The last dry fasting method on our list is also the least popular. In addition to not being allowed to eat or drink, you are not even allowed to touch water. In other words, you can’t take a shower, wash your hands, brush your teeth, wash dishes, or clean during the fast.
Research shows that your skin can absorb water. By avoiding showering or washing hands, you also avoid consuming water through absorption.
Many prefer to skip absolute dry fasting because they aren’t able to do activities that involve water.
Hard Dry Fasting vs. Soft Dry fasting
As you begin your dry fasting regime, you’ll hear two distinct ways to dry fast – soft dry fast and hard dry fast. Although the two methods are similar, there is one significant difference in the process; whether you touch water or not.
Read this post which is dedicated to hard vs soft dry fasting:
Soft Dry Fasting
Soft fasting means using water to brush your teeth, shower, wash the dishes, or go for a swim and applying water to the skin to cool down and feel refreshed. With this type of fast, you don’t avoid water altogether.
Hard Dry Fasting
A hard, dry fast means that you avoid water altogether. With this method, there is no brushing teeth, no showering, no swimming, and no singing in the rain! It might mean you’ll have to plan your schedule around this style of fasting carefully.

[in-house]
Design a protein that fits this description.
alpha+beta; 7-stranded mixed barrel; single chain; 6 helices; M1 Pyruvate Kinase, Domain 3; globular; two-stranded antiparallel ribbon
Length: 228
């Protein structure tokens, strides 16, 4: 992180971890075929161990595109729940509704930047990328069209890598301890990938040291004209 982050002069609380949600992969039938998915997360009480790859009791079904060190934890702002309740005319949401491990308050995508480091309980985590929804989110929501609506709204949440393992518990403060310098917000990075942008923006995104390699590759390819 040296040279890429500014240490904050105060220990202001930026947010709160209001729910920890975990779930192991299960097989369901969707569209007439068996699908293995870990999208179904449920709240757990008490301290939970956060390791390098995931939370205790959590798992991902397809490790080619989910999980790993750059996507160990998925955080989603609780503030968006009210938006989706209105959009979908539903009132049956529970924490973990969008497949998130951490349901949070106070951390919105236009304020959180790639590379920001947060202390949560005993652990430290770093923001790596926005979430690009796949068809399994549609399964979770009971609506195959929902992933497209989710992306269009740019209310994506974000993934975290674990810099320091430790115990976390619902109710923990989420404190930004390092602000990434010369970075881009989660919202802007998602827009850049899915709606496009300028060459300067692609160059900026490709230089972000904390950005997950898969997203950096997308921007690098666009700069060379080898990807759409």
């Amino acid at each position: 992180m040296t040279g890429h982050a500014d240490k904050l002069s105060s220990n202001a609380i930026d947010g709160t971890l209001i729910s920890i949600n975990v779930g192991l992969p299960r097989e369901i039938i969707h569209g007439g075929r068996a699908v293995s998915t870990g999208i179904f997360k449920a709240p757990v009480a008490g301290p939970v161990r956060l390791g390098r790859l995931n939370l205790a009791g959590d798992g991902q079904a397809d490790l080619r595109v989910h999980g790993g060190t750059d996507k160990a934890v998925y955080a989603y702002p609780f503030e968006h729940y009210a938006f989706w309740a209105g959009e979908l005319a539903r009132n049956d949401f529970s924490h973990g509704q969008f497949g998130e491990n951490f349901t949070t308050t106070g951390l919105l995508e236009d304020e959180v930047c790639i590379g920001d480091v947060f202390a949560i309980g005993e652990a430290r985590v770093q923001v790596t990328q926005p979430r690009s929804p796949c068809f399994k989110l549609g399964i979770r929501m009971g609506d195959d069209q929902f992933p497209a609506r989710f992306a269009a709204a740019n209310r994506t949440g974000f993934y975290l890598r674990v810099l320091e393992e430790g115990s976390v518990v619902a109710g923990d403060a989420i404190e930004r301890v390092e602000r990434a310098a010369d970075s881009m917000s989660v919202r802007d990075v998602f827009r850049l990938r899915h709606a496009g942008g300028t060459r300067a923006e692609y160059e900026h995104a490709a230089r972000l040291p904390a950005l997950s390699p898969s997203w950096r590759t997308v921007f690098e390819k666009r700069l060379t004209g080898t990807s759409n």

How to break your dry fast
There are many protocols for dry fasting, and some work better than others for different people. The Wolfe protocols are divided into two: one is for omnivores, which means you eat from the full food pyramid, and one for carnivores, who specifically only eat animal-based food.
Break a dry fast properly with nutrient-dense, unprocessed, low-glycemic, and easy-to-digest foods. That's the key, but there are better and worse options out there. For example, a lot of people advocate to break it with electrolytes and then include baking soda as well. Both of these recommendations are wrong. In extreme kidney pain cases, it makes sense to include baking soda to quickly stop the process of acidification and counterbalance the ketoacid salts. But normally, you want your body to naturally taper off and gradually come back online.
Electrolytes are a different game altogether. Sodium should not be consumed for the first few days, seeing as sodium levels get preserved very well through the angiotensin and aldosterone mechanisms. Magnesium and Potassium should be replenished slowly.
Check out the dry fasting protocols here:
- Dr Filinov 11 day: Dr Filinov is one of the modern pioneers of dry fasting, having dry fasted for over 30 years. Filinov has also continuously offered healing retreats for people to join him in Russia, and most recently in Montenegro, to heal their various illnesses. Filinov has coined an 11 day dry fast as the ultimate healing tool, however he advises against anyone going longer than 5 days by themselves without any medical supervision. To view his work on dry fasting, check out his translations here.
- Pheonix protocol 7 day: August Dunning former NASA consultant, wrote a book about dry fasting and coined the term the Pheonix protocol for his 7-day dry fasts. He claims that doing a 7-day dry fast twice a year is an optimal way to keep your body running well and able to live longer. To view his writings and steps to the phoenix protocol, check out his book here.